Things Owners Should Know Before Preparing for a 2014 Fantasy Football Draft
Believe it or not, the 2014 NFL season is almost upon us. Training camps are right around the corner and the annual Hall of Fame game is a mere three weeks away. For millions of fantasy football owners, of course, this only means that it is draft preparation time.
Smart roster management, astute waiver monitoring and a little bit of good old fashioned luck can help you along the way to a fantasy championship. However, most fantasy titles are won or lost on draft day.
Winning on draft day requires the right kind of preparation. The ultimate goal here is to head into the draft with a clear idea of the players you want to target and when to target them.
Familiarizing yourself with player rankings (like this one from NFL.com) is a way to start. However, there are plenty of other factors that should impact how you approach your draft and your personalized draft board should be constructed to reflect them.
These are the factors we will address over the next few pages. There will be no player previews or strict draft guidelines in this article because league and draft formats can vary greatly. This is a list of things fantasy owners must know before preparing for their own individual drafts.
Know Your Scoring System
Before preparing a personalized draft board, a good fantasy owner must know which positions hold the greatest value in terms of fantasy scoring. In order to determine the most valuable positions, you must first understand your league's scoring system.
A quick look at this page from ESPN.com should give you a good idea what you can likely expect from standard and customized scoring formats.
Does your league award additional points per reception (PPR)? If so, then it makes sense to add value to that receiver who catches 100 passes per season, even if he doesn't find the end zone on a regular basis. Running backs who are regularly utilized in the passing game should hold more value in PPR leagues than in leagues with standard scoring formats (see example below).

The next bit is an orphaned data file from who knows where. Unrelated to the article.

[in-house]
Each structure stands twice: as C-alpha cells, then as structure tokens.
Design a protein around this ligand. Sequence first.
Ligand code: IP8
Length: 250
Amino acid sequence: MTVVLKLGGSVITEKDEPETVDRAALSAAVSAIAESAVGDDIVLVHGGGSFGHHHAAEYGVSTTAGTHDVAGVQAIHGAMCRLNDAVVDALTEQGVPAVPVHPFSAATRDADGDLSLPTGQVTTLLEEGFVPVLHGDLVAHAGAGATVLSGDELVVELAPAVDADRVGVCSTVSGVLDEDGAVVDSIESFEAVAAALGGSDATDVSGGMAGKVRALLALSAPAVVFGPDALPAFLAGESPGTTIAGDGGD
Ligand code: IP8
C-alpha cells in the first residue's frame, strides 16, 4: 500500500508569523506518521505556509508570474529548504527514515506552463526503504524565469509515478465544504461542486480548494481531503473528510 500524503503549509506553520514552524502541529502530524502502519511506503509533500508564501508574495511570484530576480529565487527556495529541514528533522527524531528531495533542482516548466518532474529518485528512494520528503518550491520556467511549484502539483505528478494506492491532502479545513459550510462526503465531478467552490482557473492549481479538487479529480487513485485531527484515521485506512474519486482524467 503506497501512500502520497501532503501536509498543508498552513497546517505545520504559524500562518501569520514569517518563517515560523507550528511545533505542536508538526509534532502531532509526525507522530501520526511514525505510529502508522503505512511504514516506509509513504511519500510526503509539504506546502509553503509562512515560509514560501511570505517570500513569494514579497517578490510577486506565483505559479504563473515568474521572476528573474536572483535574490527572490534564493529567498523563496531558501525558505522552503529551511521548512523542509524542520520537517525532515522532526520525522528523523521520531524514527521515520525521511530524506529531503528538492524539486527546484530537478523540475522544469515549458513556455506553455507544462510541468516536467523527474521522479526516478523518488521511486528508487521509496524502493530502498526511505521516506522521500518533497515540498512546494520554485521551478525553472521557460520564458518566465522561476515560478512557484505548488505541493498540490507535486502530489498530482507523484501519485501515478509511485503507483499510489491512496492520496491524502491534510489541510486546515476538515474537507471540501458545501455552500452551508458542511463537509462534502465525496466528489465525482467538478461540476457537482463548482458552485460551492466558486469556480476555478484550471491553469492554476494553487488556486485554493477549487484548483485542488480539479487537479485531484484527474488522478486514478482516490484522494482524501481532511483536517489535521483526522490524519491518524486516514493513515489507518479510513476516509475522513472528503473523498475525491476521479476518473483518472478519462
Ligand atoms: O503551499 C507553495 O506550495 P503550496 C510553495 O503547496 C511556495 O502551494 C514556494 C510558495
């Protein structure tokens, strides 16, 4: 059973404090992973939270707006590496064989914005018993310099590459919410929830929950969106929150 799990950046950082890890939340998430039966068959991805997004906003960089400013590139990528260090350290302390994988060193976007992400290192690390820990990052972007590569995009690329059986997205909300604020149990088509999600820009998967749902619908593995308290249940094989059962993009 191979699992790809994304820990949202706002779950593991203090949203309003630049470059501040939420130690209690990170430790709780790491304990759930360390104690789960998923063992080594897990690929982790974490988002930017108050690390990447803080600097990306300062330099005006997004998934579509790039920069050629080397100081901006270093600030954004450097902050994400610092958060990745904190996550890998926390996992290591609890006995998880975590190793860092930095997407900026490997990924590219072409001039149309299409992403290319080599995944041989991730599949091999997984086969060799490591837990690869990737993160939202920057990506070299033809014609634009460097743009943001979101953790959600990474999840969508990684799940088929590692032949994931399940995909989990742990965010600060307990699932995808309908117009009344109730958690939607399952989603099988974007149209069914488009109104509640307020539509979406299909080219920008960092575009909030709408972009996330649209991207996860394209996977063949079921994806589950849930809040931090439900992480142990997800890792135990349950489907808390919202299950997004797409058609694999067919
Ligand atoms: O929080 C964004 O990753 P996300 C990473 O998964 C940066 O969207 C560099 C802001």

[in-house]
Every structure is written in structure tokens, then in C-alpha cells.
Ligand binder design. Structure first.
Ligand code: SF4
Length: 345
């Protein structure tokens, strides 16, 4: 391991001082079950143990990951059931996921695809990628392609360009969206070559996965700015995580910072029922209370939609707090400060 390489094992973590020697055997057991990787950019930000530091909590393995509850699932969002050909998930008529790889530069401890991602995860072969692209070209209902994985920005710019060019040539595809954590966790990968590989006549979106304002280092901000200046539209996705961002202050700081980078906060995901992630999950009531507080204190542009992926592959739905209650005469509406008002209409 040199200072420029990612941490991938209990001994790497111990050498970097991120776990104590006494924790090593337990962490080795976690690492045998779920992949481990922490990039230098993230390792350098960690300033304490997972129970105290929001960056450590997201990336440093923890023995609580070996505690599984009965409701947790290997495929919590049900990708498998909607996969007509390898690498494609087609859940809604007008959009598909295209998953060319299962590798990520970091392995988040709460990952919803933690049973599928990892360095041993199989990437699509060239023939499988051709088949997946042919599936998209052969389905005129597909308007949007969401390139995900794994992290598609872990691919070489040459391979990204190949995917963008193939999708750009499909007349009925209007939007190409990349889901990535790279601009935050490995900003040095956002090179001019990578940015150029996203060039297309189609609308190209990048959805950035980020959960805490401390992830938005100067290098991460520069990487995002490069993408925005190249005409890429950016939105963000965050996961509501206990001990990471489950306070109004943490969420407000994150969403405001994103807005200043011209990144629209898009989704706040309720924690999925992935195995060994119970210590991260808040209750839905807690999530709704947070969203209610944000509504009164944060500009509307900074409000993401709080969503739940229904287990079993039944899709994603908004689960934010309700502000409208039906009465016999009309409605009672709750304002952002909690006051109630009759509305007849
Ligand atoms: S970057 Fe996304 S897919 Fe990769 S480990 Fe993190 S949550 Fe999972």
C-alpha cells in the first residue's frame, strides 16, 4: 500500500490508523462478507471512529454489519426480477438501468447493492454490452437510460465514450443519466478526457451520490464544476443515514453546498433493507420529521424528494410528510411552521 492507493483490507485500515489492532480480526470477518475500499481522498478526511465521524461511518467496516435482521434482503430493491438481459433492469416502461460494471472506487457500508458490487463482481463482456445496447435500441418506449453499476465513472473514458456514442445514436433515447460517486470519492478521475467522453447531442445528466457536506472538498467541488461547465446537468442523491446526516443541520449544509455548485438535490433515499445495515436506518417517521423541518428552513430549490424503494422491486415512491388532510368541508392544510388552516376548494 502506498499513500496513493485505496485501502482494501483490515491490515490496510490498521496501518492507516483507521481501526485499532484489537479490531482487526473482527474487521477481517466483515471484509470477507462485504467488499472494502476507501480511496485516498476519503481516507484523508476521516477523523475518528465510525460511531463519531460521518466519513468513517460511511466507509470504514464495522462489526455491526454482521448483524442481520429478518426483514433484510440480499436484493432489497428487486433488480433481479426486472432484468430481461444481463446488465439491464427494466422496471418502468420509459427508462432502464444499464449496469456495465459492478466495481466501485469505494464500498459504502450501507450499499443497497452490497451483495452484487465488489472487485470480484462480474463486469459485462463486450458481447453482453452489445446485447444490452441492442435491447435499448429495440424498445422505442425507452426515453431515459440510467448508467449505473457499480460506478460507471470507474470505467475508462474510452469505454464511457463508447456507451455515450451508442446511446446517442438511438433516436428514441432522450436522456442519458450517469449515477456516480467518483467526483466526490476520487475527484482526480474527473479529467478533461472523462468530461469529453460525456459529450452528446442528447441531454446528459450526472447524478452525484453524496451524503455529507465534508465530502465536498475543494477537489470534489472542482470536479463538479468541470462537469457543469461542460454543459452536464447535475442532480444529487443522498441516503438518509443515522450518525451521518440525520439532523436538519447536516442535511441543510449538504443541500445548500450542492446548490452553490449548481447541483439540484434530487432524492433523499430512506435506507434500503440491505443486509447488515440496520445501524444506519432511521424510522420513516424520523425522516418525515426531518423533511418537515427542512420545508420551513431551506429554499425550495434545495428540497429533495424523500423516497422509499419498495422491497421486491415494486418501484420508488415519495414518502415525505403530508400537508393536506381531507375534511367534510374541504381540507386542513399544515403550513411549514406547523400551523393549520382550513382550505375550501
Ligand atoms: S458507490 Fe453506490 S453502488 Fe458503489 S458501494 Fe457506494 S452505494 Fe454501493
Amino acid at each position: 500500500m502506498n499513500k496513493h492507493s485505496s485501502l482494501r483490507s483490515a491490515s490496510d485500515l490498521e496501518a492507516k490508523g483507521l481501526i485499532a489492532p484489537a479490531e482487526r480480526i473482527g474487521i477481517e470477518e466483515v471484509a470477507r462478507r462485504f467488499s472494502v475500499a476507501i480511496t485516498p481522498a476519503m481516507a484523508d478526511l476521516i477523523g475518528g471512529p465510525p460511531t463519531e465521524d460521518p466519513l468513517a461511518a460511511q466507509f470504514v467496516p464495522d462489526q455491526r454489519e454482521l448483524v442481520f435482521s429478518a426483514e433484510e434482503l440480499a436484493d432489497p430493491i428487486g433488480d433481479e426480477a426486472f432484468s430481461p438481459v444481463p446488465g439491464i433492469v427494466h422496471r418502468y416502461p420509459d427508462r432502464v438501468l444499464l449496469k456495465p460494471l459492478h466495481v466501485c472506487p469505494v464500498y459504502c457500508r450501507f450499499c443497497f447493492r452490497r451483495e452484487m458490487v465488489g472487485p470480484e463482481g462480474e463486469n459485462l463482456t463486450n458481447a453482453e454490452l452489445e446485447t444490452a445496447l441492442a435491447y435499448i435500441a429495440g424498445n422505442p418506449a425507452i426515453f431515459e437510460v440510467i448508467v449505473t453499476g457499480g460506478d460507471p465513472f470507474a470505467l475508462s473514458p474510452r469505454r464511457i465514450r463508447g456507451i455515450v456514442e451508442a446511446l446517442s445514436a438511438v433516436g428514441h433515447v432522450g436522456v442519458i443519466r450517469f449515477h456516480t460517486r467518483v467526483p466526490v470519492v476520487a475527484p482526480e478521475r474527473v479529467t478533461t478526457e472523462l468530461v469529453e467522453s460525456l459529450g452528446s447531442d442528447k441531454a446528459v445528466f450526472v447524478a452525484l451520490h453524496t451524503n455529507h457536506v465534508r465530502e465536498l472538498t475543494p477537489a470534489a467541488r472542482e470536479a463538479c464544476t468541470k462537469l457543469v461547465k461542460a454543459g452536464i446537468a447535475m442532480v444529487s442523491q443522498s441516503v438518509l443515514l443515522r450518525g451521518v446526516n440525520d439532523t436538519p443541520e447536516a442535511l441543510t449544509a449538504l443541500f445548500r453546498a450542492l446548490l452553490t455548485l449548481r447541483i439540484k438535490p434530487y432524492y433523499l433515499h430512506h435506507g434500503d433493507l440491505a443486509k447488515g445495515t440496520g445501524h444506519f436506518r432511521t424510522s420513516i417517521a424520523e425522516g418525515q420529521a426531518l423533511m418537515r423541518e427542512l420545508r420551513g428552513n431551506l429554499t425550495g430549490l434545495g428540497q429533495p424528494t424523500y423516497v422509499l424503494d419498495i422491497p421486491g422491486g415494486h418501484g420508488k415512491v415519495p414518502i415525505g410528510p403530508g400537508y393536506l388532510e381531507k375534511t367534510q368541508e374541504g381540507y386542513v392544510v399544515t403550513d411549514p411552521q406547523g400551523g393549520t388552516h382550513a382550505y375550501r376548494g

|Jamaal Charles 2013 Scoring||YDS Rushing||Rec||YDS Rec||Total TDs||Total Points|
|Points via Standard Scoring||128.7||0||69.3||114||312|
|Points vis PPR Scoring||128.7||70||69.3||114||382|
Does your quarterback get six points for a touchdown pass instead of four (see example below)? If so, then you might want to target your starting signal-caller a round or two earlier then you would otherwise. The same holds true for a quarterback who gains a point for every 10 or 20 yards passing instead of every 25.
|Andy Dalton 2013 Scoring||YDS Passing||TDs||INTs||Fum||Total Points|
|4 Points per TD Pass, Point per 25 YDS||171.7||132||-40||-6||257.7|
|6 Points per TD Pass, Point per 20 YDS||214.6||198||-40||-6||366.6|
Fantasy scoring can vary greatly from league to league. therefore, it is not only a good idea to familiarize yourself with your league's guidelines, it is essential.
Know Your Roster Guidelines
Once you have a good idea of which positions are going to score you the most points over the course of a season, the next step is to identify what your starting lineup can possibly look like.
We can see here that a standard starting lineup on ESPN.com consists of one quarterback, two running backs, two receivers, one running back/receiver, one tight end, one kicker and one defense/special teams unit.